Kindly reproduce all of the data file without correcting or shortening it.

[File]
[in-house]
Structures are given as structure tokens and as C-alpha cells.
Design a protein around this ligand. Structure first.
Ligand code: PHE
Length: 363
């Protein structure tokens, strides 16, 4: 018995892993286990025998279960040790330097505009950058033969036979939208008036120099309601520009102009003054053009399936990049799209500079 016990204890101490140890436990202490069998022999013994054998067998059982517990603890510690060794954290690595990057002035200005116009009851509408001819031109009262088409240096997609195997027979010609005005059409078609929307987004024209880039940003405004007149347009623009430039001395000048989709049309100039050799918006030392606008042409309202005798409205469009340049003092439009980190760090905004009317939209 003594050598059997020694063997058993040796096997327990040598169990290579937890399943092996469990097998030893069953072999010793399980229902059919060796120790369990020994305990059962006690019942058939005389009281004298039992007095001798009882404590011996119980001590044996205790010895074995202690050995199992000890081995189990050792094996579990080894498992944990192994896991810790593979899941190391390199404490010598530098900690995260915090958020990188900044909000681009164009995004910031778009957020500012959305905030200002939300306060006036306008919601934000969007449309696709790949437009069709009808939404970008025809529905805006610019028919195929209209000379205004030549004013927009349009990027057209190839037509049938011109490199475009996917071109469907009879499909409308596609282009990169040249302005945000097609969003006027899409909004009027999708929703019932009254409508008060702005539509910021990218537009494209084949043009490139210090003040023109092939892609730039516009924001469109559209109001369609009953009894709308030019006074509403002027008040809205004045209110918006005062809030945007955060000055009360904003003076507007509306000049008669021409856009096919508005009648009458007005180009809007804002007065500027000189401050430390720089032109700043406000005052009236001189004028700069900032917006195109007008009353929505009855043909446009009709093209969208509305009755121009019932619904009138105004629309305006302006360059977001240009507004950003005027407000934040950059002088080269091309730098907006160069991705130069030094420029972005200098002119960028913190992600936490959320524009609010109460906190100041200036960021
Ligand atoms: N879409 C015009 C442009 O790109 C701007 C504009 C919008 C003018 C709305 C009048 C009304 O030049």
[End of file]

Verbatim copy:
[in-house]
Structures are given as structure tokens and as C-alpha cells.
Design a protein around this ligand. Structure first.
Ligand code: PHE
Length: 363
């Protein structure tokens, strides 16, 4: 018995892993286990025998279960040790330097505009950058033969036979939208008036120099309601520009102009003054053009399936990049799209500079 016990204890101490140890436990202490069998022999013994054998067998059982517990603890510690060794954290690595990057002035200005116009009851509408001819031109009262088409240096997609195997027979010609005005059409078609929307987004024209880039940003405004007149347009623009430039001395000048989709049309100039050799918006030392606008042409309202005798409205469009340049003092439009980190760090905004009317939209 003594050598059997020694063997058993040796096997327990040598169990290579937890399943092996469990097998030893069953072999010793399980229902059919060796120790369990020994305990059962006690019942058939005389009281004298039992007095001798009882404590011996119980001590044996205790010895074995202690050995199992000890081995189990050792094996579990080894498992944990192994896991810790593979899941190391390199404490010598530098900690995260915090958020990188900044909000681009164009995004910031778009957020500012959305905030200002939300306060006036306008919601934000969007449309696709790949437009069709009808939404970008025809529905805006610019028919195929209209000379205004030549004013927009349009990027057209190839037509049938011109490199475009996917071109469907009879499909409308596609282009990169040249302005945000097609969003006027899409909004009027999708929703019932009254409508008060702005539509910021990218537009494209084949043009490139210090003040023109092939892609730039516009924001469109559209109001369609009953009894709308030019006074509403002027008040809205004045209110918006005062809030945007955060000055009360904003003076507007509306000049008669021409856009096919508005009648009458007005180009809007804002007065500027000189401050430390720089032109700043406000005052009236001189004028700069900032917006195109007008009353929505009855043909446009009709093209969208509305009755121009019932619904009138105004629309305006302006360059977001240009507004950003005027407000934040950059002088080269091309730098907006160069991705130069030094420029972005200098002119960028913190992600936490959320524009609010109460906190100041200036960021
Ligand atoms: N879409 C015009 C442009 O790109 C701007 C504009 C919008 C003018 C709305 C009048 C009304 O030049």